What came next was completely unexpected and unfortunate.

 My husband was putting a new tin roof on a home, he had just one piece left to put on and it started raining. He got up there to put that last piece on and slipped, herniating 3 discs in his back. I will forever blame myself for this injury because it was me who encouraged him to finish so we could get paid.

The next 4 months were rounds of doctors visits, steroid injections and unfortunately no paydays. All progress on the cabin came to a halt as we waited for him to heal. Our prayers were answered when after four months the doctor released him to go to work.

He worked 1 week and then  started to have excruciating pain in his leg. Upstairs to the ER he went, to find that he had developed a popliteal clot (behind the knee joint) while down on his back. This led to more doctors visits, Lovenox shots and Warfarin. It also put him out of work permanently. 

We went 2 more months without a payday, living hand to mouth and relying on my mother-in-law to buy diapers for our two babies. Times were tough back then, but we survived and I was given the opportunity to take over my husbands job at the hospital. It meant leaving our un-weaned daughter with my husband during the evening hours and working third shift (11pm-7am). I lasted 6 months before I fell asleep at the wheel, nearly killing myself on a winding, curvy road.

By this time John was feeling better, but still couldn't move around much, it fell on me to finish the inside of the cabin. So with the help of my mother-in-law (God Bless Her), we got the insulation and sheet rock to finish the cabin before winter. Now I had never done anything like this before, being a newby it was rather surprising to me how much work and effort it took to hang sheet rock. The walls weren't so bad, but when it came to the ceiling we had to do some finagling. 

If you'll remember we have a loft that only reaches half-way across our cabin. I found 2, 16 foot long 1x12's and stacking them on top of each other, I stretched them across from the loft to the cabin wall, making a plank to walk on so I could hang the sheet rock on the ceiling. We cut each piece of sheet rock in half (4x4) to make them more manageable for my weakling arms, and pushed our ratty old couch underneath the walk plank. John laid on the couch and used a 2x4 to help steady the piece of sheet rock as I put it up. I held the sheet rock with one hand and the drill with the other, using my head to hold the sheet rock tight against the rafters, I hung each piece. It was hard, back-breaking work, and as you can imagine, it looks horrible. The drywall is too thick in places overlapping and uneven in others, and the mud, oh the mud..... Let's just say I will NOT be posting any pictures of the inside of our cabin. :)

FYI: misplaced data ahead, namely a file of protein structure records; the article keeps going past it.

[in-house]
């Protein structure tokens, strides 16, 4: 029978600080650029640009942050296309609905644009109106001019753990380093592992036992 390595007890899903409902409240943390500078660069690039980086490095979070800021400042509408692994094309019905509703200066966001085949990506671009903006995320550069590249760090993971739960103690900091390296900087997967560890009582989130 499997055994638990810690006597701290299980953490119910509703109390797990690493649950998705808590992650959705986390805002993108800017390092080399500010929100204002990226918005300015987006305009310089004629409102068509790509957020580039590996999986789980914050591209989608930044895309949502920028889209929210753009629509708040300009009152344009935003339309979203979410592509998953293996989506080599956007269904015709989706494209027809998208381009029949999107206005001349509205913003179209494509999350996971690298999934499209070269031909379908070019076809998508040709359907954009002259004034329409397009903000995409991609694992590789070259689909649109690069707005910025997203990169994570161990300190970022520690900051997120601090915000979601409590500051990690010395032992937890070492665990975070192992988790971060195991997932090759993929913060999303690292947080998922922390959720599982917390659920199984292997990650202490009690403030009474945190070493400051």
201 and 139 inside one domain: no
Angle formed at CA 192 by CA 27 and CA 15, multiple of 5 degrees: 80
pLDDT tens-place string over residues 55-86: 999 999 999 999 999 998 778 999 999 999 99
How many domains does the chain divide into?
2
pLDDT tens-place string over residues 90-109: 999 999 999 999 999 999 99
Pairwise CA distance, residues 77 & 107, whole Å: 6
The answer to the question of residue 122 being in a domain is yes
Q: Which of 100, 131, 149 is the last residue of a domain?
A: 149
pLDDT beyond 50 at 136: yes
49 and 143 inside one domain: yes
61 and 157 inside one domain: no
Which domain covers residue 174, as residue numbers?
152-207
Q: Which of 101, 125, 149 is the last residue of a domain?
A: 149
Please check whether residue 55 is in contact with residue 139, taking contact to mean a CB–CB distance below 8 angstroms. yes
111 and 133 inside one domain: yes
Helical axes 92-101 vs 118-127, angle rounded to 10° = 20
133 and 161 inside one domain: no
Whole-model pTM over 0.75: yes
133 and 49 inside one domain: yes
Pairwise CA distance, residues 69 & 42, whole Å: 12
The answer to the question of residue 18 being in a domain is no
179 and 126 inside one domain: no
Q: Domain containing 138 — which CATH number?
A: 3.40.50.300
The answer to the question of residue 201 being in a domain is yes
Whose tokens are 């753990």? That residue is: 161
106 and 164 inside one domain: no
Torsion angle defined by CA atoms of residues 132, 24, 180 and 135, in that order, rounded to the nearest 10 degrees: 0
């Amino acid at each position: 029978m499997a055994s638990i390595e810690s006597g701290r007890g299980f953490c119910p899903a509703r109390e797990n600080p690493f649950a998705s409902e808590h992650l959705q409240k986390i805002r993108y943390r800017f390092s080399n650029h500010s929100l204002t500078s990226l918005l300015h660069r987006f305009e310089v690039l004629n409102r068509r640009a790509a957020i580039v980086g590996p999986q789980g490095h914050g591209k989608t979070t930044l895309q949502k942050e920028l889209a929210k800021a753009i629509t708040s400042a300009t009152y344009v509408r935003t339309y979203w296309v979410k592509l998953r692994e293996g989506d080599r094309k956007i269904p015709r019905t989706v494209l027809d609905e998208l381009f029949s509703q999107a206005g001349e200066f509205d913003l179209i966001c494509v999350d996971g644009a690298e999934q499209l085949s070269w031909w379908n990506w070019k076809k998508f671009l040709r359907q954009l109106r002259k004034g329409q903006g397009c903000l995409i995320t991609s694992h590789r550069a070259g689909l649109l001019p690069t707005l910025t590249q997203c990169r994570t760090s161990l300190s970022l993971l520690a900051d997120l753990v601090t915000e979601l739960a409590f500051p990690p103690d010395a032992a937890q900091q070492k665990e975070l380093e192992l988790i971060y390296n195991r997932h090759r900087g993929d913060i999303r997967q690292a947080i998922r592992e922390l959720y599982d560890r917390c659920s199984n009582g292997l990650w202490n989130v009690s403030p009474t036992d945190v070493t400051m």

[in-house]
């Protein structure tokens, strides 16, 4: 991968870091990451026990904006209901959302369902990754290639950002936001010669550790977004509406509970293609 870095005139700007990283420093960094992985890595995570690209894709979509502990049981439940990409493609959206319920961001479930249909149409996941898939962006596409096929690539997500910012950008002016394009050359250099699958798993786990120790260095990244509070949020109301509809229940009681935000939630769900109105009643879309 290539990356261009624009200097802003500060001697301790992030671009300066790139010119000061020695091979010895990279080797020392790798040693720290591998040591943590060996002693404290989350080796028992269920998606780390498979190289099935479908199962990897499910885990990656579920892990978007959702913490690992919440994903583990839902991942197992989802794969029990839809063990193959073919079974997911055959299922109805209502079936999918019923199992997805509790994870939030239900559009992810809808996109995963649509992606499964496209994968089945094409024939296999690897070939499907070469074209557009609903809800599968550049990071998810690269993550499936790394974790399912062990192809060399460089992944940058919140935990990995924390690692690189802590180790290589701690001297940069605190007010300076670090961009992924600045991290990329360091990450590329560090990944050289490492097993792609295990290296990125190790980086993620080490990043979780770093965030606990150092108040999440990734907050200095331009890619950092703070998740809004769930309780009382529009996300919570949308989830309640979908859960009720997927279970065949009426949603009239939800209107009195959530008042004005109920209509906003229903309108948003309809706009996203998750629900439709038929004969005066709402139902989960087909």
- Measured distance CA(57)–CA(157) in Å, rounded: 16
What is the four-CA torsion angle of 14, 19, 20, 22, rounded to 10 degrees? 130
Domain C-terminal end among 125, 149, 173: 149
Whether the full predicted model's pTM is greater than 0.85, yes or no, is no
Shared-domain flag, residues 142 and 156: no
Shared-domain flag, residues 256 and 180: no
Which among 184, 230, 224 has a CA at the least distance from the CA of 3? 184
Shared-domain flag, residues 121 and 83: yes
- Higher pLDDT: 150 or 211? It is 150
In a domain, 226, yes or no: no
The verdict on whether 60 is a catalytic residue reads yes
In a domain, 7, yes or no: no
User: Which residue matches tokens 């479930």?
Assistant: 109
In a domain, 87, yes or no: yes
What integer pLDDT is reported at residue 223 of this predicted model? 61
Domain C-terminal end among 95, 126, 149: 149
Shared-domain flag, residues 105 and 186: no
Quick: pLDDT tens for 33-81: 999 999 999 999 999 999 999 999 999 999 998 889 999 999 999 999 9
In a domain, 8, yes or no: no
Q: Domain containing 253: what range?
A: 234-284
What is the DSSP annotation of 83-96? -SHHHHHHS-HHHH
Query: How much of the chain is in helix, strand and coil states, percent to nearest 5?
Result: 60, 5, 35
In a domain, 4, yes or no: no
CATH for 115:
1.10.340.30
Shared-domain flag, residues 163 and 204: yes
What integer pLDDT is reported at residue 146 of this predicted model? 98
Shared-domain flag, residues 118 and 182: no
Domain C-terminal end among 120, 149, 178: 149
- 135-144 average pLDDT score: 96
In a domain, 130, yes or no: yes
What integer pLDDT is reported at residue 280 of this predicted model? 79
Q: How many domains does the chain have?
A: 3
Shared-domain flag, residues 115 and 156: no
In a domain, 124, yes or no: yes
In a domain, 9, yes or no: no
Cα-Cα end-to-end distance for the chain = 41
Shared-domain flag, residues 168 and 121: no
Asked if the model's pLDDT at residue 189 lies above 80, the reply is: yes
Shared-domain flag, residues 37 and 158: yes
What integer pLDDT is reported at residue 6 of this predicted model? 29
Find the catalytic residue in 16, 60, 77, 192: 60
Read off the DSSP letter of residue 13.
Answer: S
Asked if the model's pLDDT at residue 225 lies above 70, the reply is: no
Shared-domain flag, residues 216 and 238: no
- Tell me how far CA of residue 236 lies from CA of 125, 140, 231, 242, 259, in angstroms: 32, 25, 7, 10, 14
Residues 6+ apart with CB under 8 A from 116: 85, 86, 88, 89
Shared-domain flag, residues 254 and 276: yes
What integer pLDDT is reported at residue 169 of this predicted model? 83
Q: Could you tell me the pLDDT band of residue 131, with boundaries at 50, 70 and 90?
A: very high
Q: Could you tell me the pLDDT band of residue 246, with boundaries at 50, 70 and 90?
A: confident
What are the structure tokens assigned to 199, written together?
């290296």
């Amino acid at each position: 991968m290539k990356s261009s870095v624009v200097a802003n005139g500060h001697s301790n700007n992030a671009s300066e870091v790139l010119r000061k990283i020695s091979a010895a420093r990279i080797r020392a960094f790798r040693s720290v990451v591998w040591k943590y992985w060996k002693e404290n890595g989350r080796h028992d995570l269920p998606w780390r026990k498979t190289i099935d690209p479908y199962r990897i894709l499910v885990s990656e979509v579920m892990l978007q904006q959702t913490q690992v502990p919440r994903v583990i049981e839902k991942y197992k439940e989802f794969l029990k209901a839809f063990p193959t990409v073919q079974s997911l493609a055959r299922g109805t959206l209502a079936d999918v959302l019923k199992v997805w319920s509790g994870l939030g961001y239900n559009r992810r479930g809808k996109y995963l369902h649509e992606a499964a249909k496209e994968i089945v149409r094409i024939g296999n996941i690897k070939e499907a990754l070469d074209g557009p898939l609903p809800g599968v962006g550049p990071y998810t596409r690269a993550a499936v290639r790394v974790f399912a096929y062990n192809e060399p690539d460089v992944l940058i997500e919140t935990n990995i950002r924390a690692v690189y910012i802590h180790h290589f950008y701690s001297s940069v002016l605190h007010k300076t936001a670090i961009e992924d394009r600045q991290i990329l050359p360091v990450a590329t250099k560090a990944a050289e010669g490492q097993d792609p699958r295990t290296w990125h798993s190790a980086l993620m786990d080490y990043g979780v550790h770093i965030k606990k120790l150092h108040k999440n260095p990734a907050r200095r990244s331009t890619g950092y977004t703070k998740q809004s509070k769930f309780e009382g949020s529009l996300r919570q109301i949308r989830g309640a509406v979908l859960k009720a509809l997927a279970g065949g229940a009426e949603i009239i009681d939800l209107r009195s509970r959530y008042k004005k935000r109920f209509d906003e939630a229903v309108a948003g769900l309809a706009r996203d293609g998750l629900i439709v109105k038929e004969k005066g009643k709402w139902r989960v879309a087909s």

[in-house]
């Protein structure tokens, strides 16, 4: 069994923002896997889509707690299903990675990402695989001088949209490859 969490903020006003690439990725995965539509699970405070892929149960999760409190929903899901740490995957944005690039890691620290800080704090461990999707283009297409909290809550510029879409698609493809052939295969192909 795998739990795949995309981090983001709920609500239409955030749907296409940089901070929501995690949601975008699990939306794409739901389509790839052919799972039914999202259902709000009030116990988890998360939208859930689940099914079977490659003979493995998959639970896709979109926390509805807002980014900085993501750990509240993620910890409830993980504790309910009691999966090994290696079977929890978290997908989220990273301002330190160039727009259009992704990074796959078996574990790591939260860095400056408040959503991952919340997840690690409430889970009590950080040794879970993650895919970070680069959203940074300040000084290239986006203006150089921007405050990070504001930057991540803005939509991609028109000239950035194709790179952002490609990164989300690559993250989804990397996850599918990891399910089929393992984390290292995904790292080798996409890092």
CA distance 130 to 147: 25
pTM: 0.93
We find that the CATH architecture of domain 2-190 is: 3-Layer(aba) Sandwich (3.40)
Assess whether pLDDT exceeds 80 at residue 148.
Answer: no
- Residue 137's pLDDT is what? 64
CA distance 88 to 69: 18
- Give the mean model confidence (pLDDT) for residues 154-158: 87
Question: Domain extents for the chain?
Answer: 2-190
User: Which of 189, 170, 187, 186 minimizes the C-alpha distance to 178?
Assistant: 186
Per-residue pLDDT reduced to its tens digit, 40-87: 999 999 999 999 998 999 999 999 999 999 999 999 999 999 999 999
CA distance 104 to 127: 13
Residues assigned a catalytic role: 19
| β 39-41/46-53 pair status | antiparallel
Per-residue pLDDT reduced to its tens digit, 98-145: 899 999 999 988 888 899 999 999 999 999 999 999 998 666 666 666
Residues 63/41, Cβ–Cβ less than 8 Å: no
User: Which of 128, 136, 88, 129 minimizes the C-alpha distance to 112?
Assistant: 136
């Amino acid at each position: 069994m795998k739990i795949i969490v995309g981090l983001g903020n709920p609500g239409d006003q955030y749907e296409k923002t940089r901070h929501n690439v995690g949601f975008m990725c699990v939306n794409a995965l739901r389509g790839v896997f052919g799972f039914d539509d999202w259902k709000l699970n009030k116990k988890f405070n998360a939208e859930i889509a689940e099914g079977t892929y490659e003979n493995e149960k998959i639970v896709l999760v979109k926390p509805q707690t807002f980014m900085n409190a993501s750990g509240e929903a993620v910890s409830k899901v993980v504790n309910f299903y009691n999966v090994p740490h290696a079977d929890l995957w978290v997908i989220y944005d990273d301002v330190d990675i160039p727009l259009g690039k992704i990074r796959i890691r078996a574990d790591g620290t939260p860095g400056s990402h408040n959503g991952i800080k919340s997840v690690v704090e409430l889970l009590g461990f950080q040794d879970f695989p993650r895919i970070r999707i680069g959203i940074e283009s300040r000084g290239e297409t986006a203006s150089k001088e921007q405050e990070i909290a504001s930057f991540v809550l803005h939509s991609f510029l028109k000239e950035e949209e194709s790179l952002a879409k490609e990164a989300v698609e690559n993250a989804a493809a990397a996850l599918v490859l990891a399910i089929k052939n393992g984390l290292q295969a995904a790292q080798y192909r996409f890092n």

I have done many sheet rock jobs with my husband since then, but my mudding skills have not improved ;)

Tuesday, September 23, 2014

Cabin progress.......

It has been a few days, but I haven't been idle. I have been searching for pictures to post. I found a few, not really the ones I wanted, but I hope they give you an idea of how the cabin was built.

So, we decided to build a small cabin to get us through the winter. We went to the back of our land and select cut a mixture of pine, oak and hickory trees to saw out the lumber. We took several days and concentrated on getting all the lumber we would need to build the cabin. John and I sat down and decided that 14 x 20 would be a good size cabin to start with. We got to work and had the lumber sawed in a week, we then went to work on the floor. Using 6 x 6 posts for the base and 2 x 6 oak floor joices the three of us (John, Gryffyn and me) had the sub-floor down in a week. We then enlisted our 2 older boys and our 2 nephews to help us put up the walls and the rafters.
Our Oldest son Josh, Above his head is the beginnings of the loft floor.
 It took another week to get the walls up, just because we had to wait on the boys to find time to assist us. I was super excited to finally see what the cabin was going to look like. We decided to put a half loft in the cabin to accommodate one of the children. The stairs would eventually be put in the corner behind Josh.